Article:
No More Descendants to Follow in my Mello Tree

When the records for Maia, Ribeira Grande, Sao Miguel Island came online, I was so excited.  Finally, I would be able to fill in some gaps in my tree.  One of my hopes was to find out if my ancestors, Felicianno de Mello and Rosa Boteilho, had anymore children that I might be able to trace into the present.

I have been working on death records exclusively.  As I got into the 1860s, a pattern emerged.  One after another the children of Felicianno and Rosa died.  It appears that in the early 1860s some epidemic came through the village.  In 1861 twice as many people died than 1860.  Almost all those who died that year were children.  For Felicianno and Rosa, 1863 was a bad year.  They lost 3 children aged 6 months, 2 years, and 3 years old.

Rosa died in 1869.  Her obito (death record) states that only three of her children were living.  I had known that two of their children had families by the 1880s.  I was holding out hope that the third survived too.

But it is not to be.  Felicianno died in 1884.  He did not remarry.  His obito states that only two children survived him.

I now need to see if my ancestor’s brother, Jose de Mello, and his wife, Maria Joaquina Rosa, had any children who had families of their own.  Otherwise, it appears the end of Felicianno and Rosa’s line stops with my ancestry.  Well, at least I’ve found all those distant cousins on the East Coast from the other lines.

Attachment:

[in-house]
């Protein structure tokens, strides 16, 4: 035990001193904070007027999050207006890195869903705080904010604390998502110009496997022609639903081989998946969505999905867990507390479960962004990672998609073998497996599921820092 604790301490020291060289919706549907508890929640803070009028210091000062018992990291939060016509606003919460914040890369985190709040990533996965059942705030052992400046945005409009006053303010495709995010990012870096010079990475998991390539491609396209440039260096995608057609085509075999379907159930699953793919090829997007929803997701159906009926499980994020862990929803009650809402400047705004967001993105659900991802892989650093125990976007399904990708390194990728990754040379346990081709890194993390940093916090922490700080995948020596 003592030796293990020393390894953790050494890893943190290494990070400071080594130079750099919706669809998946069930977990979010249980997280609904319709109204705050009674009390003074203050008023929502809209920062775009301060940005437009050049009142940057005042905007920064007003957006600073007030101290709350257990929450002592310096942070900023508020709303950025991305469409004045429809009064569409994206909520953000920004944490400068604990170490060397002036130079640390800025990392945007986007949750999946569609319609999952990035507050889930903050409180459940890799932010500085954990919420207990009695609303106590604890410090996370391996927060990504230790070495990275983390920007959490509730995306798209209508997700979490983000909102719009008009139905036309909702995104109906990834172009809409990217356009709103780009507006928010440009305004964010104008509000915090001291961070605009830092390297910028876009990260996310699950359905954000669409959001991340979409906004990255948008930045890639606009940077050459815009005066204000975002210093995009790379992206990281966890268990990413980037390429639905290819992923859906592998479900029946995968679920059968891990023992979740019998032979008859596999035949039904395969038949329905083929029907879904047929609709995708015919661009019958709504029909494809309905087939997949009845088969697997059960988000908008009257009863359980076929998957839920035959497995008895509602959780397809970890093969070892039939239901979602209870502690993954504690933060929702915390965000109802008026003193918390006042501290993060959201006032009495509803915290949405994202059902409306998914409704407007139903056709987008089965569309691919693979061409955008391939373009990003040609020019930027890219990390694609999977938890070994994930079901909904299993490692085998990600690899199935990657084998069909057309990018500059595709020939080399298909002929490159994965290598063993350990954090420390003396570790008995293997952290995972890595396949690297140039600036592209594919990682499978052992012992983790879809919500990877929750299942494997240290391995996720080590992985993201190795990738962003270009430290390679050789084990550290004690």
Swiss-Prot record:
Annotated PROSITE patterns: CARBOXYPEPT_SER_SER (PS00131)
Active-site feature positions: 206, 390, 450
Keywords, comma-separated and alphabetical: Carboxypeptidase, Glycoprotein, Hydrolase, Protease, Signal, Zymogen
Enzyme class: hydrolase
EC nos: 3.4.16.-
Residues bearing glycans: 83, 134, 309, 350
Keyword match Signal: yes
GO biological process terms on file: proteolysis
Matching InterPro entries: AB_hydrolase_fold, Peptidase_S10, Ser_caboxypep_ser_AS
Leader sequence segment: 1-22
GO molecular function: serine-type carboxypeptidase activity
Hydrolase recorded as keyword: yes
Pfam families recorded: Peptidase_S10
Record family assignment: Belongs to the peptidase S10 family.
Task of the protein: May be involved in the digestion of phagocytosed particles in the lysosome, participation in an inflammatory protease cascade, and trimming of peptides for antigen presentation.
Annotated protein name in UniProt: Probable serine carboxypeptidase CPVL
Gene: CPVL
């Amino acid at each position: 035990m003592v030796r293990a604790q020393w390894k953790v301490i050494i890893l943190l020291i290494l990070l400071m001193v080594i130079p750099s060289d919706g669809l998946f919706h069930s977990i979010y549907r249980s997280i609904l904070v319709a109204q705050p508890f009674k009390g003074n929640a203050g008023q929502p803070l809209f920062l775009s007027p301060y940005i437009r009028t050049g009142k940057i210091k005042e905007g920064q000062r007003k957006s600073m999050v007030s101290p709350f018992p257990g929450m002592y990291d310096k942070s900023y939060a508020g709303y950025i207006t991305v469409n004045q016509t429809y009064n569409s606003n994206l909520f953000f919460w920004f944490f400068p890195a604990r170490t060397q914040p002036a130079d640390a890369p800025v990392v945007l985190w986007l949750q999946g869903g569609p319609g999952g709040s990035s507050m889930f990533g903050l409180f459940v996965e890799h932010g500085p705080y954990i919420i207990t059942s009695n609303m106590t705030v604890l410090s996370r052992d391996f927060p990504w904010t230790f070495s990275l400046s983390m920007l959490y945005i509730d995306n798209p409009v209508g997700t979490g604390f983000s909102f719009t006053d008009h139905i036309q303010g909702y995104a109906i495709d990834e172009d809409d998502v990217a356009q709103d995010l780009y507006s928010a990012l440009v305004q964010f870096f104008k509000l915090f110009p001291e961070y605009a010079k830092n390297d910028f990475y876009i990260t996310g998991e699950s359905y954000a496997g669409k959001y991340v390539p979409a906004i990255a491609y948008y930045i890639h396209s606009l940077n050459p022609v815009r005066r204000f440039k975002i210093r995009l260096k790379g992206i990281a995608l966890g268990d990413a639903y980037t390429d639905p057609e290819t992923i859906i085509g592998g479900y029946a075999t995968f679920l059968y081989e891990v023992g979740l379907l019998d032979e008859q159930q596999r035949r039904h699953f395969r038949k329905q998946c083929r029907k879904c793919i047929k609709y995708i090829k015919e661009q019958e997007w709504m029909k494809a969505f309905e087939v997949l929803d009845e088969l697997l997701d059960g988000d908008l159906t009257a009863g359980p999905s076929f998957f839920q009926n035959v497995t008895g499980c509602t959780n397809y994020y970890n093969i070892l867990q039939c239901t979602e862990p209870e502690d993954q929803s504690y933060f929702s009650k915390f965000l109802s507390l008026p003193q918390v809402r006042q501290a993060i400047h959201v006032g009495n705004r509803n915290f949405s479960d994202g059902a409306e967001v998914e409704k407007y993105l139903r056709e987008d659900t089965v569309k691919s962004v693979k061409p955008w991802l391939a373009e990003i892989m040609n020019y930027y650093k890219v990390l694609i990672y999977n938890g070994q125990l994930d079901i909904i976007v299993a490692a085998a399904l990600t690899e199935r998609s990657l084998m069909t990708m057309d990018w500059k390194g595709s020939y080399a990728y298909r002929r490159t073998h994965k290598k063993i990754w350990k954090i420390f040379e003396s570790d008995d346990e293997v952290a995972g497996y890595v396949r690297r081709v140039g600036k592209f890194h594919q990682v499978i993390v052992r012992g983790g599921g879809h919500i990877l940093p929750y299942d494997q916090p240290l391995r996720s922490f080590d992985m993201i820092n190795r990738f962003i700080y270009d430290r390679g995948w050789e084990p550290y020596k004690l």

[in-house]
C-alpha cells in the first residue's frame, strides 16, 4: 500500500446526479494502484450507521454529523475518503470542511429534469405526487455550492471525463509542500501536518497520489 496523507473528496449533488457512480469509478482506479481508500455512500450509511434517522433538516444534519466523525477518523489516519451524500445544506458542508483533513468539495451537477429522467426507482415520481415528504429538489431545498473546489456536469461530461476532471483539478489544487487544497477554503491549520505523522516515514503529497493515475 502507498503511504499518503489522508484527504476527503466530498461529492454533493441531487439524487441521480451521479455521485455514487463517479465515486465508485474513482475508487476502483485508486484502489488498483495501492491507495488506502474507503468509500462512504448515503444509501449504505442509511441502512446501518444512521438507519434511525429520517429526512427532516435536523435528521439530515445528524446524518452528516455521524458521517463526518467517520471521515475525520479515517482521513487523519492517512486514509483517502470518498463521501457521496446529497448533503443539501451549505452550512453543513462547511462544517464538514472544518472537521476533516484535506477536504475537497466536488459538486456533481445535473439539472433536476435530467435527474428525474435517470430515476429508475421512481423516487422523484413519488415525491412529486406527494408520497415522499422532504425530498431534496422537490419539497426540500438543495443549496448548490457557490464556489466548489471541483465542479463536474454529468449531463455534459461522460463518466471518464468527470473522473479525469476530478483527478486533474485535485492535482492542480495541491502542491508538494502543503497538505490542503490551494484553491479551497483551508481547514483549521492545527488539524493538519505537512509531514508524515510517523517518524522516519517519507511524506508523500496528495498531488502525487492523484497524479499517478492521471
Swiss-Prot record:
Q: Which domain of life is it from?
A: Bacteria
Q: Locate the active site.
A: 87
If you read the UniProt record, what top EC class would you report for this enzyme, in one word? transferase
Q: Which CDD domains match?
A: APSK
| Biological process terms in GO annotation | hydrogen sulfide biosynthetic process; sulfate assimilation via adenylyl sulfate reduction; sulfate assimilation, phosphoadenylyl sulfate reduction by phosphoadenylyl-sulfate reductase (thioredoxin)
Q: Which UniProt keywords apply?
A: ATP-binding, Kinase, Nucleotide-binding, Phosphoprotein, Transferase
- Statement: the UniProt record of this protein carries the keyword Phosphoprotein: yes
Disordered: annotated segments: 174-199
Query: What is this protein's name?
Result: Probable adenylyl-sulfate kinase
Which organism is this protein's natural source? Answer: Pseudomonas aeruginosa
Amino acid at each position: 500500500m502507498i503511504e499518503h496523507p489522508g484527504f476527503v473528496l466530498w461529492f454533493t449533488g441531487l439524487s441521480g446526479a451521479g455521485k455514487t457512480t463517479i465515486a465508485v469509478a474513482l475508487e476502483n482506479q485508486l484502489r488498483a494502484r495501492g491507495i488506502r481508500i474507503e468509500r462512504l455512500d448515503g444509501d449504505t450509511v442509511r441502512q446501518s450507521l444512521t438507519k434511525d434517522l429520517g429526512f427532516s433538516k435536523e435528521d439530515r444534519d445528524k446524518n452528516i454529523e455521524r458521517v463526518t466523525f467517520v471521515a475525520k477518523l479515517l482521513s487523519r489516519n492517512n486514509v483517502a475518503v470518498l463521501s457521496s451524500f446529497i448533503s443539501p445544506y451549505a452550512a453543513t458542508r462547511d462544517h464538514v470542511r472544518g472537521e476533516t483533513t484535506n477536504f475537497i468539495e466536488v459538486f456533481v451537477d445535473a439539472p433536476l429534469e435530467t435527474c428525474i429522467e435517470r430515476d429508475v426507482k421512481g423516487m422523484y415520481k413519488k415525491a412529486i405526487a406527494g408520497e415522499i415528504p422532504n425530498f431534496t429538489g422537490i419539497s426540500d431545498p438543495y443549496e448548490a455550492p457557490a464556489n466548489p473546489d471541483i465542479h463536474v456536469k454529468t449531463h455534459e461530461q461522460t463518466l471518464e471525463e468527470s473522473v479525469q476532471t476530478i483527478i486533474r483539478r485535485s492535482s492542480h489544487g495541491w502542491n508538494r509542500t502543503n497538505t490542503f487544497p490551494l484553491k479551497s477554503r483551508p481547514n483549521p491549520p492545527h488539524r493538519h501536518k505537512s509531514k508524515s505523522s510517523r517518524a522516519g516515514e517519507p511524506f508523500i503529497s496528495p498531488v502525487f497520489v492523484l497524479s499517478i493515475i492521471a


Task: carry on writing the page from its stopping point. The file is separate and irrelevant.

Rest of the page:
My Azores Pinterest Board

Pinterest is a great way to waste time on a rainy day, isn’t it?  Well, that’s what happened and now I have a board devoted to the Azores.  Over time, I’ll be adding my own writing and photos.  For now, I have started a collection of the landmarks and landscapes of the Azores.

If you are on Pinterest and would like to follow my board, just click on “See It On Pinterest” below:

Follow Melody’s board Azores: Landscape, Heritage, and History on Pinterest


Answer to My Question about My DNA Results

The other day I posted my thoughts about my DNA test at FTDNA.  It was a 3 month follow up on my observations.  One of the observations I made was that I had very few Azorean matches despite their being an Azores DNA Group at FTDNA.

Cheri Mello who is one of the people who manages that Azores DNA group let me know that the majority of people on FTDNA at this point have English/Irish roots.  On the other hand, there are 700+ in the Azores DNA Group.  This explains why most of my matches have leaned towards my Mom’s grandmother’s side of the tree.

What needs to happen is more people from the Azores need to test at FTDNA so their is a wider pool to match too.  Since I have one line with roots in one village to the 1400s, I know that once more folks test from that area they are going to connect to me.   It’s just a matter of time.

So, you Azoreans get out there and test.  And, make sure you upload your raw files to so that we all can match up.  I’ve got a very big Sao Miguel Island tree…you want to share DNA with me ;)